Red alert! What's the red pigment in the mouths of the natives you saw in Sarikei and what were they chewing on? Betel leaves and areca nut chewing had been a long tradition in South Asia and S.E. Asia but what drove enthusiasts to stain their mouth? I have never tried this but some articles claimed that this habit stimulates through three angles: an exhilarating lift, a mysterious flavor and a cleansing salivation.
Areca Nut Palm
The ingredients can be easily bought from the markets in Sarikei. Firstly, you must have the areca nut (pinang). The areca nut is sometimes wrongly called the betel nut because it's chewed with the betel leave (sirih). The nut is cut with a tool called pancik.
The areca nut has the alkaloid arecoline, which promotes salivation and is itself a stimulant. The lime (kapur or calcium carbonate) acts to keep the active ingredient in its freebase or alkaline form, thus enabling it to enter the bloodstream via sublingual absorption. (source: wikipedia)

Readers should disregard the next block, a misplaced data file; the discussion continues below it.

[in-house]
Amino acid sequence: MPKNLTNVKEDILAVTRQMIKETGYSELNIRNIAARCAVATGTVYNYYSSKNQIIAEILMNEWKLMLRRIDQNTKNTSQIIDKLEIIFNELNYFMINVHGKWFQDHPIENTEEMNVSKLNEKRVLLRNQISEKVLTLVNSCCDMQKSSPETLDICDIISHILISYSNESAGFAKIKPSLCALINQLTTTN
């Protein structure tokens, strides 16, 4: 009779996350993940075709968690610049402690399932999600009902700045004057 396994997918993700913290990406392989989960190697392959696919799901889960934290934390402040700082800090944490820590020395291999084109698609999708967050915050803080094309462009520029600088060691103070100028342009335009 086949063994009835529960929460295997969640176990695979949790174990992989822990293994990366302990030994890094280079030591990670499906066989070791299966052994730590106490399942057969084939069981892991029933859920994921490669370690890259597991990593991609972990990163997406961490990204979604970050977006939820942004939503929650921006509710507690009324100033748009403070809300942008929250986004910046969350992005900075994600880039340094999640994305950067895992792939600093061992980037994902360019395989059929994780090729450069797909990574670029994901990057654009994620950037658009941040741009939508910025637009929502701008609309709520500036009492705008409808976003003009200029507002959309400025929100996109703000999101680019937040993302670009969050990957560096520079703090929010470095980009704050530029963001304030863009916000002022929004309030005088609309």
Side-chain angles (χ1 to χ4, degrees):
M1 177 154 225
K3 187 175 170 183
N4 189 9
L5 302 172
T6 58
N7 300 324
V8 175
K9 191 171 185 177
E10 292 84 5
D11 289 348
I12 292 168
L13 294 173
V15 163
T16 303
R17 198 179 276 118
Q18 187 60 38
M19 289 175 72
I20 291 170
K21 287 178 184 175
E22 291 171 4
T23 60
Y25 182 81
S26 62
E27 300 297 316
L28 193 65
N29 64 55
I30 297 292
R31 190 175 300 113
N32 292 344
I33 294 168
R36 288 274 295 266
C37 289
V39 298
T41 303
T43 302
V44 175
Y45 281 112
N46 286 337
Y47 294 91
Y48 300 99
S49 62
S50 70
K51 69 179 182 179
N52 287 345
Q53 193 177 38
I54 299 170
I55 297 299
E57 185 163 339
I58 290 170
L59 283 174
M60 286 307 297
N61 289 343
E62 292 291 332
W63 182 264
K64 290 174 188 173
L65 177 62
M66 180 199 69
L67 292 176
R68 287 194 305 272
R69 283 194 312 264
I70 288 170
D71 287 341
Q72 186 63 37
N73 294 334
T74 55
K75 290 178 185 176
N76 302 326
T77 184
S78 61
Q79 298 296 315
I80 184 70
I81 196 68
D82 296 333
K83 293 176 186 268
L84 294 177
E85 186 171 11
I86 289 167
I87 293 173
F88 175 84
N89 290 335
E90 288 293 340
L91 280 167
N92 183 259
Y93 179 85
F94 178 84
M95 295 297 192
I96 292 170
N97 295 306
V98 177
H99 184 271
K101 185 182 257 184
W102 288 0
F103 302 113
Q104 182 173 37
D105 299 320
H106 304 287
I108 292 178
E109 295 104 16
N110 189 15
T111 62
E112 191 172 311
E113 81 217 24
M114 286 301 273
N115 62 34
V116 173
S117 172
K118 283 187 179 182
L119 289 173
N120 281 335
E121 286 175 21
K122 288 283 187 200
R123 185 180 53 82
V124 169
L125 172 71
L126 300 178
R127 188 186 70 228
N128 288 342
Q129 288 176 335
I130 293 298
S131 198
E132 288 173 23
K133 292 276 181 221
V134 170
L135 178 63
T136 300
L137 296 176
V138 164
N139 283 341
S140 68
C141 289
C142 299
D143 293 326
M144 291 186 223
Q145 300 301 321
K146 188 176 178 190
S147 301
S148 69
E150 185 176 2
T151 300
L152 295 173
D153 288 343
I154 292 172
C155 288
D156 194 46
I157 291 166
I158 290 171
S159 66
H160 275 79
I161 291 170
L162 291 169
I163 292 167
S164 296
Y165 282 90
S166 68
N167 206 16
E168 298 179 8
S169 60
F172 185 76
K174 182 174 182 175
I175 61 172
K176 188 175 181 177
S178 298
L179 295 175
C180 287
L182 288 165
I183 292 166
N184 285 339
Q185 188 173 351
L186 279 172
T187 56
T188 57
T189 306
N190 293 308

The combination of areca nut and lime wrapped in a betel leave is called a "betel quid" which a person then pops into his mouth to chew and get high.
In the late 1940s and 1950s, people could buy the ingredients for betel quid chewing from No. 4 Repok Road (source: Lidasar). Sometimes tobacco is added as an ingredient in the quid. Now betel quid chewing is no longer as popular as before due to the oral cancer scare.
The local name for betel leave is sirih. There's a chance that Sarikei's old name of Siriki was derived from the betel leave because in the old days, the betel leave was called siriki in the Indian Archipelago. James Brooke and his men may have brought this siriki term from India because he was born in Varanasi, India in 1803. Betel quid chewing was common in the pre-colonial days as documented in many old books written by the colonial folks. Just google for sirih.
Now that's some hypothesis or thought to chew on.